Afterwards Henry Burnett’s family told reporters both that their lawyers would be preparing an appeal and also that they would be raising a petition asking for clemency.

Among the first to sign were members of the Guyan family.

Mrs Jeannie Guyan, Thomas’s mother, said, “I can find it in my heart to forgive Henry Burnett. It’s his mother I feel sorry for. I know what she must be going through. I sent my son John along to see the Burnetts today. I am backing the petition. I don’t think Henry Burnett should hang.”

John Guyan who had only come to know the Burnetts during the trial said, “I went to see them today. They are getting up a petition and we are going along with it. I don’t think Burnett should hang. There is obviously something wrong with him.

Commentary: Lord Wheatley.

In his 1987 autobiography, One man’s Judgment, Lord Wheatley acknowledges that he delivered the last two death sentences in Scotland – John Henry Burnett and Anthony Joseph Miller. Miller was 19 when he was hanged at Barlinnie prison on 22 December 1960 for his part in what would now be called the homophobic robbery and murder of John Cremin at Queens Park Recreation Ground in April that year.

Lord Wheatley does not in fact name either the victims or the men he sentenced to death or offer any specific insight into either trial.

He does state in general terms that delivering a death sentence was “the most disagreeable task which a judge was called upon to perform” and offers a practical tip from the bench: “As he pronounced the words ‘which is pronounced for doom’, the judge held the three cornered black cap over his head. He had to do so because the cap would not with certainty balance on top of his wig, and the risk of it falling off at that dire moment could not be taken.”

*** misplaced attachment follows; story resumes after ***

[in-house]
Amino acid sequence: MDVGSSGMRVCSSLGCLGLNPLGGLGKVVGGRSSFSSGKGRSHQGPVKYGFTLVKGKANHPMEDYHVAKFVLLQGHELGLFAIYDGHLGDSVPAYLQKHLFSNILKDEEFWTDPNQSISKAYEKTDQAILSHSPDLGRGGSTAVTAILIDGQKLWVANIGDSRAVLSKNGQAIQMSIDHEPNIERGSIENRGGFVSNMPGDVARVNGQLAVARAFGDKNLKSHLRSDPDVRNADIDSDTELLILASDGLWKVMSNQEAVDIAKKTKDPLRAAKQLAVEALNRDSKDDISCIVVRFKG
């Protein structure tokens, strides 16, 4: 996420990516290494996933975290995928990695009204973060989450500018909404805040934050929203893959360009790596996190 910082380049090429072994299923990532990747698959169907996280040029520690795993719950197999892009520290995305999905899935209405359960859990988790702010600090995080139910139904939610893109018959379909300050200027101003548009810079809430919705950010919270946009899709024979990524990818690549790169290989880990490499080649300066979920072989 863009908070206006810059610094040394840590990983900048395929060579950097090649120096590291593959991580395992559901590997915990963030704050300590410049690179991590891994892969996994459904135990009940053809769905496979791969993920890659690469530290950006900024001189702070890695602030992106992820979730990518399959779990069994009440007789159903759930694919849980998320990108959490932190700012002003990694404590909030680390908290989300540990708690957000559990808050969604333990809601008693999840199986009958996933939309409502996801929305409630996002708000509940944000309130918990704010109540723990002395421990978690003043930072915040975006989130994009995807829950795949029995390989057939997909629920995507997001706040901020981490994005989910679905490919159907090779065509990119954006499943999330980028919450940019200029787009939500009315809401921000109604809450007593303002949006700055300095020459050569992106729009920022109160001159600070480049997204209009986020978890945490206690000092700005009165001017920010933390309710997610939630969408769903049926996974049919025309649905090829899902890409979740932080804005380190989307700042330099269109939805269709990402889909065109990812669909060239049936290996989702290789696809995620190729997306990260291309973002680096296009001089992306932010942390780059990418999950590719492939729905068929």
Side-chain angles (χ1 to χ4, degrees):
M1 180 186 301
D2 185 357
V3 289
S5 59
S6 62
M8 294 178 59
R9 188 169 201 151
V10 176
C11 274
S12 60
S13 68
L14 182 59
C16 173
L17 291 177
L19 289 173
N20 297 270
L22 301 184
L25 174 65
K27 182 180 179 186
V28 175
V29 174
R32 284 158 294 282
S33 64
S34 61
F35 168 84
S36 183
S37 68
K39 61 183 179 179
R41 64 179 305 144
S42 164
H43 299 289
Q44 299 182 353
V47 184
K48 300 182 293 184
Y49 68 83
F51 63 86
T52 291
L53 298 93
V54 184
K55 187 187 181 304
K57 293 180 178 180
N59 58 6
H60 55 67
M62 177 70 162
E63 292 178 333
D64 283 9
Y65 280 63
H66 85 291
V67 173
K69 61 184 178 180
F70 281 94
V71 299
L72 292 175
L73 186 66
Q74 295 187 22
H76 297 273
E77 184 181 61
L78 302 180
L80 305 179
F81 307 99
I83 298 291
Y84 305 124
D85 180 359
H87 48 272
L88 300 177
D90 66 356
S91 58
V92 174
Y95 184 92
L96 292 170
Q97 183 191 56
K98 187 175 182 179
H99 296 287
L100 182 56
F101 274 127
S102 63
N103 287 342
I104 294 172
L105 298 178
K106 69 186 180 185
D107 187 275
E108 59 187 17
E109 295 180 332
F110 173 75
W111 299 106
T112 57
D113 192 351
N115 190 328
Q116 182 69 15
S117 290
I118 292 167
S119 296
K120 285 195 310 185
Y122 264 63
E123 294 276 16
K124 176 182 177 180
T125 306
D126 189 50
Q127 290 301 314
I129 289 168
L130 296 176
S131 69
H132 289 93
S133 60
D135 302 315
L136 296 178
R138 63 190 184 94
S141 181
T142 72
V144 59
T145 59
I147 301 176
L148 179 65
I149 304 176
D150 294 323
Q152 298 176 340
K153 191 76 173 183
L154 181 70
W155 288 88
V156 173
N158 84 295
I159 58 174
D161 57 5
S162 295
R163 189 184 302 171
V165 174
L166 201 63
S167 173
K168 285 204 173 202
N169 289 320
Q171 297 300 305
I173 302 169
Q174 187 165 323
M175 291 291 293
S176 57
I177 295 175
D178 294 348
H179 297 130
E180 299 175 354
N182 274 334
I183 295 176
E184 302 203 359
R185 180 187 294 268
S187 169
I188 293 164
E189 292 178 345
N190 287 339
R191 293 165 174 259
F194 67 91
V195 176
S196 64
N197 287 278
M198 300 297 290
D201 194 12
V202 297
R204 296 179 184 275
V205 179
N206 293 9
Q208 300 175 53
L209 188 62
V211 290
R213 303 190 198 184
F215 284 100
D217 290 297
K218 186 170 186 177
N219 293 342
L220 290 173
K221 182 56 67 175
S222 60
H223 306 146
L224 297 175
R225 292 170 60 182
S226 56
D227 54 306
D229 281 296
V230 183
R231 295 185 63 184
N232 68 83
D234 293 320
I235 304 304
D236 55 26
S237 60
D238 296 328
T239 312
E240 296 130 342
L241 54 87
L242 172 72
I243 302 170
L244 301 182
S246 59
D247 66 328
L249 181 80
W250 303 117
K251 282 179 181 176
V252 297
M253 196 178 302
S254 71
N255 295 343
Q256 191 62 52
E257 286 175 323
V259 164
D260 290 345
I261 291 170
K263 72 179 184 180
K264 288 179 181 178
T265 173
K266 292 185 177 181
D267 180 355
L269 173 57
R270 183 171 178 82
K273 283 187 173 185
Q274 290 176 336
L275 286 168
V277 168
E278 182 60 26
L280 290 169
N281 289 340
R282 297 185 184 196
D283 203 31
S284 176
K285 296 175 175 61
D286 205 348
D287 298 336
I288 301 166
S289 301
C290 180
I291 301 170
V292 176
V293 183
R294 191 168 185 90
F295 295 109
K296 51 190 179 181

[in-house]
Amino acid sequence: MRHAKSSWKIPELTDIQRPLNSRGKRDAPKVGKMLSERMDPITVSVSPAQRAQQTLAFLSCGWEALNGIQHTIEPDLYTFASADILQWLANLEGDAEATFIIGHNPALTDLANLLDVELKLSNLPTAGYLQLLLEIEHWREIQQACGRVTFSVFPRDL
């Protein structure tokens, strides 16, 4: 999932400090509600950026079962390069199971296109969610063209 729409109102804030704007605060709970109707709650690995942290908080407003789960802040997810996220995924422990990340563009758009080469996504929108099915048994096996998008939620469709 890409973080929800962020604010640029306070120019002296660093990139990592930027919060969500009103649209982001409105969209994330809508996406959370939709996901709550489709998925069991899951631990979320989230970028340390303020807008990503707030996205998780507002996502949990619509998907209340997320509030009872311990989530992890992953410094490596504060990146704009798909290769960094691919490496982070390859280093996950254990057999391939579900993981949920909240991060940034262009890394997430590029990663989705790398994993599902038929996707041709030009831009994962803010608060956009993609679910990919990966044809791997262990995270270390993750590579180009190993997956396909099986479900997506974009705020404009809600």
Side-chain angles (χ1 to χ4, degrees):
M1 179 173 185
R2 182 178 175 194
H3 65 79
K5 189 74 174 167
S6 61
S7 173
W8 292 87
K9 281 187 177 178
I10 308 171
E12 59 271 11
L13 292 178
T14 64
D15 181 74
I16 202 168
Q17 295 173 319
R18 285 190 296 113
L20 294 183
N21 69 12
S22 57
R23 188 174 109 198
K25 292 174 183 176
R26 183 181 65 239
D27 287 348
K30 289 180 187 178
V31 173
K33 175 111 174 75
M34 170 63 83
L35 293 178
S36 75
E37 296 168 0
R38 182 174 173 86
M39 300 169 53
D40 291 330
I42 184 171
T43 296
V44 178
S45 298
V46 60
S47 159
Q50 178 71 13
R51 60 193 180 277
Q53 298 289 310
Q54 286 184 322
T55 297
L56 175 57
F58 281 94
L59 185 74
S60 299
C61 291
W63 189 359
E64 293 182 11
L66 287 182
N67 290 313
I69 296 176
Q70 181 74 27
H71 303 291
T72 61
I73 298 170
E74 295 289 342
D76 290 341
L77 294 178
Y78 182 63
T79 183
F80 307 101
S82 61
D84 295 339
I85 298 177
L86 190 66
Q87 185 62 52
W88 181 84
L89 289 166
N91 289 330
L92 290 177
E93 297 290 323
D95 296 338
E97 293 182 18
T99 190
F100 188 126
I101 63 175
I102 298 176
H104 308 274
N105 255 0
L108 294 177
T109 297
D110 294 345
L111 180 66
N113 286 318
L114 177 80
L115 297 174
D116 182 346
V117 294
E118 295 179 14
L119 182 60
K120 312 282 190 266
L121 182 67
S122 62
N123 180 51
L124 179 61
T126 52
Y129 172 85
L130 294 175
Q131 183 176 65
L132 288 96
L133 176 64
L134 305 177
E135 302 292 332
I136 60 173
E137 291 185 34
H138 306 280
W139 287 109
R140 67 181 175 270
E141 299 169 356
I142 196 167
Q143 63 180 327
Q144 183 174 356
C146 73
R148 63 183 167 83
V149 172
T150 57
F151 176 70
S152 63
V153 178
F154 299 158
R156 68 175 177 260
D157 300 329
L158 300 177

Lord Wheatley continued: “I have always been an abolitionist, a fact which did not make my task easier, and I was glad to see capital punishment abolished. But a judge has to administer the law as it is, not as he would personally like it to be. The alternative would be judicial anarchy.”

Commentary: The Jury.

Robert Henderson recalled in The Last Execution radio programme: “The manager of the Douglas hotel had reserved 13 rooms for the jurors and staff in anticipation that deliberations would be protracted. They were back in 25 minutes with a verdict of guilty by a majority of 13 – 2.”

Mr Grieve and I left the court. We were pretty upset about the whole thing. When we joined the queue at the railway station ticket office we discovered we were next to the man who had been foreman of the jury. I think he had been the headmaster of a school in Montrose.

In those days you were allowed to speak to jurors though it wasn’t often done. We were offering platitudes to him about how difficult it must have been and so on and he said, ‘No, not at all. The choice was whether this man was mad or bad. I see boys like this every day who are just bad. Quite a few of the women on the jury didn’t want to see a conviction recorded. I just told them we had to do our duty. So we did our duty.’”